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J Neurosci. 2015 Jan 7;35(1):53-63. doi: 10.1523/JNEUROSCI.0594-14.2015.

Imaging the awake visual cortex with a genetically encoded voltage indicator.

Author information

1
UCL Institute of Ophthalmology, University College London, London EC1V 9EL, United Kingdom, d.shimaoka@ucl.ac.uk m.carandini@ucl.ac.uk.
2
UCL Institute of Ophthalmology, University College London, London EC1V 9EL, United Kingdom, RIKEN Brain Science Institute, Wako City 351-0198, Japan, and d.shimaoka@ucl.ac.uk m.carandini@ucl.ac.uk.
3
UCL Institute of Ophthalmology, University College London, London EC1V 9EL, United Kingdom.
4
UCL Institute of Ophthalmology, University College London, London EC1V 9EL, United Kingdom, RIKEN Brain Science Institute, Wako City 351-0198, Japan, and.
5
RIKEN Brain Science Institute, Wako City 351-0198, Japan, and Division of Brain Sciences, Imperial College London, London SW7 2AZ, United Kingdom.

Abstract

Genetically encoded voltage indicators (GEVIs) promise to reveal the membrane potential of genetically targeted neuronal populations through noninvasive, chronic imaging of large portions of cortical space. Here we test a promising GEVI in mouse cortex during wakefulness, a challenging condition due to large hemodynamic activity, and we introduce a straightforward projection method to separate a signal dominated by membrane voltage from a signal dominated by hemodynamic activity. We expressed VSFP-Butterfly 1.2 plasmid in layer 2/3 pyramidal cells of visual cortex through electroporation in utero. We then used wide-field imaging with two cameras to measure both fluorophores of the indicator in response to visual stimuli. By taking weighted sums and differences of the two measurements, we obtained clear separation of hemodynamic and voltage signals. The hemodynamic signal showed strong heartbeat oscillations, superimposed on slow dynamics similar to blood oxygen level-dependent (BOLD) or "intrinsic" signals. The voltage signal had fast dynamics similar to neural responses measured electrically, and showed an orderly retinotopic mapping. We compared this voltage signal with calcium signals imaged in transgenic mice that express a calcium indicator (GCaMP3) throughout cortex. The voltage signal from VSFP had similar signal-to-noise ratios as the calcium signal, it was more immune to vascular artifacts, and it integrated over larger regions of visual space, which was consistent with its reporting mostly subthreshold activity rather than the spiking activity revealed by calcium signals. These results demonstrate that GEVIs provide a powerful tool to study the dynamics of neural populations at mesoscopic spatial scales in the awake cortex.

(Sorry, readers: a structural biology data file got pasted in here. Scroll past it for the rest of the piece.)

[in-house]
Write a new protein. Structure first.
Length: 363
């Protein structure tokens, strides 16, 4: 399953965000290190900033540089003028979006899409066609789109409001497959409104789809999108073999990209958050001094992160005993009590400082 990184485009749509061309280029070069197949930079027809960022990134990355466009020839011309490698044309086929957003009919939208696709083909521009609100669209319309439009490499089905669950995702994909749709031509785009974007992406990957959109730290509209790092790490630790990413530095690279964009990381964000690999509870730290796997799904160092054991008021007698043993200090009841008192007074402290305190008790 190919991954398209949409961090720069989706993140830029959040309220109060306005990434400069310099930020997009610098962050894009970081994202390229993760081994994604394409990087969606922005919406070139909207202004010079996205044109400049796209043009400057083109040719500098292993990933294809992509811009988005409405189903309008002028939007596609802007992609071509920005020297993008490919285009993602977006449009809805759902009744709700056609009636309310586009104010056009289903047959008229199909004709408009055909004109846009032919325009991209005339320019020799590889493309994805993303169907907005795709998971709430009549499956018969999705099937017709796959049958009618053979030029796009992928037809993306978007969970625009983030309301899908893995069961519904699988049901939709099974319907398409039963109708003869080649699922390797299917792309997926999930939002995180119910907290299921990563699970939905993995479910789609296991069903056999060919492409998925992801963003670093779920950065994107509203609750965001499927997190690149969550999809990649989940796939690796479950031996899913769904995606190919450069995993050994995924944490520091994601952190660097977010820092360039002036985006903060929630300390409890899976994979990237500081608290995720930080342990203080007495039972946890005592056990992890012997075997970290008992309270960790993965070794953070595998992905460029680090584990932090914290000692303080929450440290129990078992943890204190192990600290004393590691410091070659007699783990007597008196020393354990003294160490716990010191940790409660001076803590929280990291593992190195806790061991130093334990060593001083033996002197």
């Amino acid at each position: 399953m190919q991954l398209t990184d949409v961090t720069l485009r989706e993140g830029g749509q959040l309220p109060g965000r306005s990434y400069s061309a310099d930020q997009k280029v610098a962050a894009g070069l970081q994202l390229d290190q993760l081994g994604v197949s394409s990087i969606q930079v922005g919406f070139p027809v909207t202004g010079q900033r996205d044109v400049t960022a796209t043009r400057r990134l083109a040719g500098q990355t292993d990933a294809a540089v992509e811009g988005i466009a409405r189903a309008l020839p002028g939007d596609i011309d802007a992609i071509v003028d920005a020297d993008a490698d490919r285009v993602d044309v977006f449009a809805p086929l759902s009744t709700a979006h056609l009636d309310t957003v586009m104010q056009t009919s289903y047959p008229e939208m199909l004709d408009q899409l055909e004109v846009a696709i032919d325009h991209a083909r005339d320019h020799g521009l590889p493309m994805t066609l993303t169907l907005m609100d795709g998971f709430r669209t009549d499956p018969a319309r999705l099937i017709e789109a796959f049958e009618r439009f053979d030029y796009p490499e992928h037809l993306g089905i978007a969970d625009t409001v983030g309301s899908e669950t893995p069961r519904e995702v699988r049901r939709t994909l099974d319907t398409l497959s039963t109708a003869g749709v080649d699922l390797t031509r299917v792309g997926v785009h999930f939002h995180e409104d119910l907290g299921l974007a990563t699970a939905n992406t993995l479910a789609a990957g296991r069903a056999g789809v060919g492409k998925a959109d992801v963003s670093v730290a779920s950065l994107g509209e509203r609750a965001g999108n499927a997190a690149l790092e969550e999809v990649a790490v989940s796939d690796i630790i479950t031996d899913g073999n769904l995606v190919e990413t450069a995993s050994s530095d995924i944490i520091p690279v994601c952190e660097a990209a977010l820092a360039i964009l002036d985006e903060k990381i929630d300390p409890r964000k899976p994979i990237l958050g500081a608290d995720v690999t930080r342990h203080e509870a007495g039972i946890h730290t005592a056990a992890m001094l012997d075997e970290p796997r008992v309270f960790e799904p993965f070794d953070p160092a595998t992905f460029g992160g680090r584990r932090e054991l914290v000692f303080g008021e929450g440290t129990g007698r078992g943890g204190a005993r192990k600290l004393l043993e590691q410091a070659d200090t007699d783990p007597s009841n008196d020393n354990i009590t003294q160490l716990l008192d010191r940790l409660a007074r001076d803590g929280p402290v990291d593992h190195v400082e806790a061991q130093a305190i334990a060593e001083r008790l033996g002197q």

PMID:
25568102
PMCID:
PMC4287159
DOI:
10.1523/JNEUROSCI.0594-14.2015
[Indexed for MEDLINE]
Free PMC Article

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